There’s finally something the Sharks and the Jets can agree on: Winston Churchill High School had an outstanding pit orchestra in its “West Side Story” production last fall.
That’s the way local high-school theater critics felt. They named Churchill the top pit orchestra at the
The seventh annual Cappies gala, honoring the best in high-school theater, was held Sunday night at The Kennedy Center in Washington, D.C.
Nominees from 58 schools from throughout the Washington Metropolitan area donned their finest formal attire and cheered for their friends and classmates while eagerly awaiting the announcement of each winner.
Accepting the award was freshman Ethan Marks, 14, who played trumpet in the Cappies orchestra on Sunday night. He's played trumpet almost seven years. "It's great; I'm very happy. We played really well. We won last year, too, so I thought we had a good chance," Marks said.
AND WHEN the 3 1/2-hour ceremony was done, schools from Loudoun and Arlington counties walked off with the two top awards for the first time in Cappies history. H-B Woodlawn in Arlington won for Best Play with "The Marriage of Bette and Boo," and "Best Musical" honors went to Stone Bridge in Loudoun County for "Seussical."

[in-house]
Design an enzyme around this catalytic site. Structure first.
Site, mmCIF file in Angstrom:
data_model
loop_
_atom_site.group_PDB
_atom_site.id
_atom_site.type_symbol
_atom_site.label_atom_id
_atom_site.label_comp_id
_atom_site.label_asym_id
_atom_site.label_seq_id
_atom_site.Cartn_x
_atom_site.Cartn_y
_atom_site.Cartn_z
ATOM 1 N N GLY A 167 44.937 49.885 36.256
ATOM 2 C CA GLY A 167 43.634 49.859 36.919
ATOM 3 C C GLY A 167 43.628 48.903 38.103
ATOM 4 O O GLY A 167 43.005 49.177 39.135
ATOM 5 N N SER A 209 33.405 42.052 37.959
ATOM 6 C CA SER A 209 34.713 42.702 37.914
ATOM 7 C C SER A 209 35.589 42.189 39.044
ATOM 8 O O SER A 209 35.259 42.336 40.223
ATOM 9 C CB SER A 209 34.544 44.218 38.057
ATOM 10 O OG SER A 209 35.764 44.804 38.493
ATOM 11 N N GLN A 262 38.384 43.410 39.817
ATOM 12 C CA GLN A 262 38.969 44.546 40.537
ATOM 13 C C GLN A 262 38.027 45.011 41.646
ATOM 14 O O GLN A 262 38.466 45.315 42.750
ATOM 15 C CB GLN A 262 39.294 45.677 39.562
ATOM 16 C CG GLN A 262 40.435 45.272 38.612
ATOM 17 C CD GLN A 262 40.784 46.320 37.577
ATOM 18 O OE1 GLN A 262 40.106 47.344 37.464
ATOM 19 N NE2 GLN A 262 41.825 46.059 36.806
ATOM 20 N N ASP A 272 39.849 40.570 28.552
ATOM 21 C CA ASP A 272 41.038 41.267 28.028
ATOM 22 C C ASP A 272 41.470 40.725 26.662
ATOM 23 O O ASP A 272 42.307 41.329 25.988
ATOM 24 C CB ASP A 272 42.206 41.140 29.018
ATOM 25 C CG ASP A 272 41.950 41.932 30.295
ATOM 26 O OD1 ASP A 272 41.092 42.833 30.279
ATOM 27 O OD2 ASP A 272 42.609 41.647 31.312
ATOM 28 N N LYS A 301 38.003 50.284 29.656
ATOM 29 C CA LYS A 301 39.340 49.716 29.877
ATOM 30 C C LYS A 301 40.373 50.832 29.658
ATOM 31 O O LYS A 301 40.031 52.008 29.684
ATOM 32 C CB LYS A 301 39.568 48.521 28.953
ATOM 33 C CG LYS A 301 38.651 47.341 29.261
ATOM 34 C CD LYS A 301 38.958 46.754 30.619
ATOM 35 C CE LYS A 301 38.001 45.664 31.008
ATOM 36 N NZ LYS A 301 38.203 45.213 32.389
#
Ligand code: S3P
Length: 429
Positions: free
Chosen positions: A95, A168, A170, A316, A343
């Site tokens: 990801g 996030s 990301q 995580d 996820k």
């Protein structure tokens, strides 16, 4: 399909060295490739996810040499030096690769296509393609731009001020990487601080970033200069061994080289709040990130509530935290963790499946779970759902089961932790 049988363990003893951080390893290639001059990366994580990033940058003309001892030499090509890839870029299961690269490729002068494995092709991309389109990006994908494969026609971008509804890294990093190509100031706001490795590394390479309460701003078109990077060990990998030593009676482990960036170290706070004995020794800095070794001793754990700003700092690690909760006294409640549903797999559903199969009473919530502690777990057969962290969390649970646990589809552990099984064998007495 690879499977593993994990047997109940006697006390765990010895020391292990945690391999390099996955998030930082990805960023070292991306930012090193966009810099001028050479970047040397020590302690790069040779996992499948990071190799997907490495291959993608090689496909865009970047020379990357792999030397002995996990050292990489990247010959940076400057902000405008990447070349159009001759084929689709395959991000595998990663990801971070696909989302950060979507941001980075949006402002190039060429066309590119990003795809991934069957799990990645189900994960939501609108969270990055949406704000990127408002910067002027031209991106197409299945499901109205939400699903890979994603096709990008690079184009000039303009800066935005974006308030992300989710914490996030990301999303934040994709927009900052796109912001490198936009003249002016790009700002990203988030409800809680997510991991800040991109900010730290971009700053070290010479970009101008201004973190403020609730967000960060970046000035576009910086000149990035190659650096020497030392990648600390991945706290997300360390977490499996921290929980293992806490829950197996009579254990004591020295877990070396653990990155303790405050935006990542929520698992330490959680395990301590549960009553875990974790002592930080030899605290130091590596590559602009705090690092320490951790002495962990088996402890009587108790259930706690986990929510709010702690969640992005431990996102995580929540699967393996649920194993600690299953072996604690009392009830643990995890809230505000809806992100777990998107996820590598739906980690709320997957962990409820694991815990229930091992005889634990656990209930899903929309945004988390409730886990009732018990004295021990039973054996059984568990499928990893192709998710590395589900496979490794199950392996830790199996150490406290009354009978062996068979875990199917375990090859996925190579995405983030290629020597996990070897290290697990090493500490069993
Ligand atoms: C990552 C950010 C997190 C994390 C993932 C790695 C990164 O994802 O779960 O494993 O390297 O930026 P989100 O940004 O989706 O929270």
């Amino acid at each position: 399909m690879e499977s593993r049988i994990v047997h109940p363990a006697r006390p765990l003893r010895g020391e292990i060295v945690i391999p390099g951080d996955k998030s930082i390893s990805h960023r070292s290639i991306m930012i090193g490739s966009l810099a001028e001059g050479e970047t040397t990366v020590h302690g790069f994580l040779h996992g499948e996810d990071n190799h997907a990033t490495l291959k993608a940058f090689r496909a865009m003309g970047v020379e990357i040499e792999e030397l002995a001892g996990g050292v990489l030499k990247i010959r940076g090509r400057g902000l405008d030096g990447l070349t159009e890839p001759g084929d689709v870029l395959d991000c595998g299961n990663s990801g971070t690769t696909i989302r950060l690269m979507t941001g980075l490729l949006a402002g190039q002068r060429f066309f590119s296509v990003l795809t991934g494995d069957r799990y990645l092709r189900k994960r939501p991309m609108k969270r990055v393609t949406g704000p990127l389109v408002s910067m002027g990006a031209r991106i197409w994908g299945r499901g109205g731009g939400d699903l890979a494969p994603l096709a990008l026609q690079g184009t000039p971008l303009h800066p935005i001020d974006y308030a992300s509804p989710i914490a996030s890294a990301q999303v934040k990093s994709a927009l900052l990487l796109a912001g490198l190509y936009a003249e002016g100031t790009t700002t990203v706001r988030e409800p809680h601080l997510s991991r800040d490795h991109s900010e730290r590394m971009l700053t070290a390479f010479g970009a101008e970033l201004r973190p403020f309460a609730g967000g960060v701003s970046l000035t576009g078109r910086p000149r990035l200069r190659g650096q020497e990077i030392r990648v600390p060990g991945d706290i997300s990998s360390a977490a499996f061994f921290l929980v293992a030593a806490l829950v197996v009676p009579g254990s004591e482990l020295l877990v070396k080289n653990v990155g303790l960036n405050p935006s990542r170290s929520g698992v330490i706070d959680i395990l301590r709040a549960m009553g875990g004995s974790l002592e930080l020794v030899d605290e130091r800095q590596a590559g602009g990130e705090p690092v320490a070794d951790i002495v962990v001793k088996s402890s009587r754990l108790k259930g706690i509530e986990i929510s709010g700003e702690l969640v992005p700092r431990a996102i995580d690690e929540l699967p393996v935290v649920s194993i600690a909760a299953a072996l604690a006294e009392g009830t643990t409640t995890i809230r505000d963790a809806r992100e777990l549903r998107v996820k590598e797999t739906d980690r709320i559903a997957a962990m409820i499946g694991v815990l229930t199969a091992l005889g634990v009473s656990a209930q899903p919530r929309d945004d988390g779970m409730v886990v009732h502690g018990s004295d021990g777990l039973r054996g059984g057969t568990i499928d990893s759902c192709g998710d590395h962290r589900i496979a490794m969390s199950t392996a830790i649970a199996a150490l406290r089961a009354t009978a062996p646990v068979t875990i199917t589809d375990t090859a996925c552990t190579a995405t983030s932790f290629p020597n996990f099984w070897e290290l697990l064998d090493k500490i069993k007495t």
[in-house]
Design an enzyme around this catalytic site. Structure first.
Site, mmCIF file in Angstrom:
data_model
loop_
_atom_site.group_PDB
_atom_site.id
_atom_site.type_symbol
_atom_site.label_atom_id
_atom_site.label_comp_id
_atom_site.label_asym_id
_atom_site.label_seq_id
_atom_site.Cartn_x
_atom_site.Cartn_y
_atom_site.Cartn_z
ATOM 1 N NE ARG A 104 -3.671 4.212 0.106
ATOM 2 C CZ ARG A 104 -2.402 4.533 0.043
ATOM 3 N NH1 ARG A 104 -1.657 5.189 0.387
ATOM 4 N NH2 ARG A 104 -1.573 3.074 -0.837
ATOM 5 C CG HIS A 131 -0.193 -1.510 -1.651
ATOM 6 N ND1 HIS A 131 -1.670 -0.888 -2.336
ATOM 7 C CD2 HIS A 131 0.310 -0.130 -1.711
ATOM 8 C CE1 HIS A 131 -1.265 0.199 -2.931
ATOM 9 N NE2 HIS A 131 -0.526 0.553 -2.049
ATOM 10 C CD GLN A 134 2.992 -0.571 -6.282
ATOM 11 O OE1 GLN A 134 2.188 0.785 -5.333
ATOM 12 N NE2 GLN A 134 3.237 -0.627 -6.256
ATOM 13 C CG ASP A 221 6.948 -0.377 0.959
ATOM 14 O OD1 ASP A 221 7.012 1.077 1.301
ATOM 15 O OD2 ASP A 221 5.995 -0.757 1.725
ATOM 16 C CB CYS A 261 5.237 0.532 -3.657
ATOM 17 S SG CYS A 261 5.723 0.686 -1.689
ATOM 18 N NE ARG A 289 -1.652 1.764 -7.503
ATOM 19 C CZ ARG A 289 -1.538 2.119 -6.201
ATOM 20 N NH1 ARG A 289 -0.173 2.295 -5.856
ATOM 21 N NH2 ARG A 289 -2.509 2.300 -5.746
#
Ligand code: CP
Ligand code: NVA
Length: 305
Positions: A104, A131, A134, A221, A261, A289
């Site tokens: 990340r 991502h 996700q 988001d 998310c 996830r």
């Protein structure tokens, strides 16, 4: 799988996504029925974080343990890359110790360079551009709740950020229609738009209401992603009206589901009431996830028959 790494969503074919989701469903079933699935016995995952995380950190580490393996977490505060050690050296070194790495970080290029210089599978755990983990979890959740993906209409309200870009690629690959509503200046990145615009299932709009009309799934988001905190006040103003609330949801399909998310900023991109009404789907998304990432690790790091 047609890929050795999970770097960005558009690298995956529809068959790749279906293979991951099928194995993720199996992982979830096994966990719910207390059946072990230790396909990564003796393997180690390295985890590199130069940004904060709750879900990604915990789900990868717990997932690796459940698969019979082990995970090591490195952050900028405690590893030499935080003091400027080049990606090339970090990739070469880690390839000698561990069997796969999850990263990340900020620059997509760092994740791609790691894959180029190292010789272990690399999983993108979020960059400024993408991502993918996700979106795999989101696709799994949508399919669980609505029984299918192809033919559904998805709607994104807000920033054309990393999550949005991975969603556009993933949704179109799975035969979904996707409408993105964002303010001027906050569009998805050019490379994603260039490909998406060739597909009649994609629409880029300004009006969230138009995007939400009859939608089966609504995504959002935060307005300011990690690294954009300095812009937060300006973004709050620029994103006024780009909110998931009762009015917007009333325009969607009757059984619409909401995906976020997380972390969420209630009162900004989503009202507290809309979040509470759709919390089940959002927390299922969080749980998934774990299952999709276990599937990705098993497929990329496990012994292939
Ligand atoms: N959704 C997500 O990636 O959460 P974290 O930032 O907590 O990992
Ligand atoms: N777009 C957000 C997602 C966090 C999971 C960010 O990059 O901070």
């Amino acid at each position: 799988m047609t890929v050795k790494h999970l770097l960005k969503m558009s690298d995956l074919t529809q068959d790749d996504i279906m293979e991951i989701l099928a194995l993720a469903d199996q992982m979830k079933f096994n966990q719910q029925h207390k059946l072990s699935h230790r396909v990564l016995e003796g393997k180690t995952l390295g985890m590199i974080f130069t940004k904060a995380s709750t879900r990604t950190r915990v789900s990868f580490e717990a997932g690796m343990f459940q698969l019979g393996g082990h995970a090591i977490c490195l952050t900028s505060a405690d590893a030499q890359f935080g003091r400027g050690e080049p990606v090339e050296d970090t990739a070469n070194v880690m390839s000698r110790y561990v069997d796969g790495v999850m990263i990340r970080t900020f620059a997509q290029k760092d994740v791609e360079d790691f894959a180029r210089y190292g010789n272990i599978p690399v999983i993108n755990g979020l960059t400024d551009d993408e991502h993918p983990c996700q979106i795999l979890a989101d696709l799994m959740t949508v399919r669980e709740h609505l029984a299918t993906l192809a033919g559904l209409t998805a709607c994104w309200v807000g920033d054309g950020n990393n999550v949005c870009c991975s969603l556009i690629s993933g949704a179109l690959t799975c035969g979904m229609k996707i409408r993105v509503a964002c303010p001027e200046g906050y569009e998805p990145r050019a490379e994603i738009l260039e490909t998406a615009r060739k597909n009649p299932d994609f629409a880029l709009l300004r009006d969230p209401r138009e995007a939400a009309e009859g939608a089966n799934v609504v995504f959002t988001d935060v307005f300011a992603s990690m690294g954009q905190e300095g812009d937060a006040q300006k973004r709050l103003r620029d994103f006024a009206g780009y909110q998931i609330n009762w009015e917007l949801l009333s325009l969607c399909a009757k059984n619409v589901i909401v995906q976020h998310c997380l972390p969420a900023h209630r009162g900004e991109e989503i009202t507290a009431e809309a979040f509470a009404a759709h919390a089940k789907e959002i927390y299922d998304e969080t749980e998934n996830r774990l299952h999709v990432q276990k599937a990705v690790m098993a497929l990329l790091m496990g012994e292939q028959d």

Corey-Antonio Hawkins of Duke Ellington was Lead Actor in a Play for "The Laramie Project," and Abba Kiser of Chantilly High was Lead Actress in a Play for "Auntie Mame." Lead Actor in a Musical went to Stone Bridge's Mace Sorenson, and Lead Actress in a Musical went to Clifton's Nicole Smith of Seton for "Annie, Get Your Gun."
T.C. Williams in Alexandria won the award for Critics Team for the fourth year in a row. And Burke's Chelsea Cook, named Rising Critic, became the first home-schooled student to ever receive a Cappie.
Rep. Thomas M. Davis III (R-Va.), there to help present the Cappie for Props & Effects, praised the nominees in all the categories. "Each year, the level of performance just keeps getting better and better and better," he said. "Forget the Tonys; this is it, as far as I'm concerned."